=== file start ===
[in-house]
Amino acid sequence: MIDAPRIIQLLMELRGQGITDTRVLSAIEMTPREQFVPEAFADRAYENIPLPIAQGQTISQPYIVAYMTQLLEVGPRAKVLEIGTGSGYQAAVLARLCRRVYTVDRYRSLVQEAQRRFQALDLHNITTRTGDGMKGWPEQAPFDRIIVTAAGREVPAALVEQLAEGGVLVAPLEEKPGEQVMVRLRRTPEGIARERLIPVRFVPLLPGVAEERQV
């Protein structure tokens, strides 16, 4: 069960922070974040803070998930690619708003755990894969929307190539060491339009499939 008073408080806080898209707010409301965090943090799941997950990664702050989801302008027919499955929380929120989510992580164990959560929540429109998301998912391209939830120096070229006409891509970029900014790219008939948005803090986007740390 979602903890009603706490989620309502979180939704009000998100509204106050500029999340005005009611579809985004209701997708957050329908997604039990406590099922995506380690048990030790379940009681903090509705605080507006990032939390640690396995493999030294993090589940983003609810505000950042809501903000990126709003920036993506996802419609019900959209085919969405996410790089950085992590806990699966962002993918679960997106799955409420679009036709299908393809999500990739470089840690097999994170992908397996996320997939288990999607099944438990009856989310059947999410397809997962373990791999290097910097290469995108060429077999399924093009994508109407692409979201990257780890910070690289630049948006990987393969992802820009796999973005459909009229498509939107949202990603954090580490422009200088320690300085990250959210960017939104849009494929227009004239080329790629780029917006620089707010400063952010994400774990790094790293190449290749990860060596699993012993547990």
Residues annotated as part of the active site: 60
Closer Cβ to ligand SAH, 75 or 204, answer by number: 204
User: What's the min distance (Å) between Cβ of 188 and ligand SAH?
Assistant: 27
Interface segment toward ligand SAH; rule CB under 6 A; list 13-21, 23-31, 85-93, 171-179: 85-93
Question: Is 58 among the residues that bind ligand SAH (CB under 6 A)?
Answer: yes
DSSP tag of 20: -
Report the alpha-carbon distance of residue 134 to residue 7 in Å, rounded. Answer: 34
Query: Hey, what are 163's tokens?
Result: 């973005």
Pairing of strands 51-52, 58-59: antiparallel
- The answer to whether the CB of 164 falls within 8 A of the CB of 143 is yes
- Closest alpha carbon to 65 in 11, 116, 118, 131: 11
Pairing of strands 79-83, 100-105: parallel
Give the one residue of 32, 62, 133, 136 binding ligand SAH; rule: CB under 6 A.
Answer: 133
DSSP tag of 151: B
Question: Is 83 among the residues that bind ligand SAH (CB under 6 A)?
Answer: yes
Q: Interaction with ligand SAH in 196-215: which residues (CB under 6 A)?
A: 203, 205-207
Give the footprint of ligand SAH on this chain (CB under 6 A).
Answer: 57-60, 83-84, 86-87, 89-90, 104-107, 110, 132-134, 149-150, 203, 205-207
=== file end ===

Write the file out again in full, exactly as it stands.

[in-house]
Amino acid sequence: MIDAPRIIQLLMELRGQGITDTRVLSAIEMTPREQFVPEAFADRAYENIPLPIAQGQTISQPYIVAYMTQLLEVGPRAKVLEIGTGSGYQAAVLARLCRRVYTVDRYRSLVQEAQRRFQALDLHNITTRTGDGMKGWPEQAPFDRIIVTAAGREVPAALVEQLAEGGVLVAPLEEKPGEQVMVRLRRTPEGIARERLIPVRFVPLLPGVAEERQV
């Protein structure tokens, strides 16, 4: 069960922070974040803070998930690619708003755990894969929307190539060491339009499939 008073408080806080898209707010409301965090943090799941997950990664702050989801302008027919499955929380929120989510992580164990959560929540429109998301998912391209939830120096070229006409891509970029900014790219008939948005803090986007740390 979602903890009603706490989620309502979180939704009000998100509204106050500029999340005005009611579809985004209701997708957050329908997604039990406590099922995506380690048990030790379940009681903090509705605080507006990032939390640690396995493999030294993090589940983003609810505000950042809501903000990126709003920036993506996802419609019900959209085919969405996410790089950085992590806990699966962002993918679960997106799955409420679009036709299908393809999500990739470089840690097999994170992908397996996320997939288990999607099944438990009856989310059947999410397809997962373990791999290097910097290469995108060429077999399924093009994508109407692409979201990257780890910070690289630049948006990987393969992802820009796999973005459909009229498509939107949202990603954090580490422009200088320690300085990250959210960017939104849009494929227009004239080329790629780029917006620089707010400063952010994400774990790094790293190449290749990860060596699993012993547990």
Residues annotated as part of the active site: 60
Closer Cβ to ligand SAH, 75 or 204, answer by number: 204
User: What's the min distance (Å) between Cβ of 188 and ligand SAH?
Assistant: 27
Interface segment toward ligand SAH; rule CB under 6 A; list 13-21, 23-31, 85-93, 171-179: 85-93
Question: Is 58 among the residues that bind ligand SAH (CB under 6 A)?
Answer: yes
DSSP tag of 20: -
Report the alpha-carbon distance of residue 134 to residue 7 in Å, rounded. Answer: 34
Query: Hey, what are 163's tokens?
Result: 């973005």
Pairing of strands 51-52, 58-59: antiparallel
- The answer to whether the CB of 164 falls within 8 A of the CB of 143 is yes
- Closest alpha carbon to 65 in 11, 116, 118, 131: 11
Pairing of strands 79-83, 100-105: parallel
Give the one residue of 32, 62, 133, 136 binding ligand SAH; rule: CB under 6 A.
Answer: 133
DSSP tag of 151: B
Question: Is 83 among the residues that bind ligand SAH (CB under 6 A)?
Answer: yes
Q: Interaction with ligand SAH in 196-215: which residues (CB under 6 A)?
A: 203, 205-207
Give the footprint of ligand SAH on this chain (CB under 6 A).
Answer: 57-60, 83-84, 86-87, 89-90, 104-107, 110, 132-134, 149-150, 203, 205-207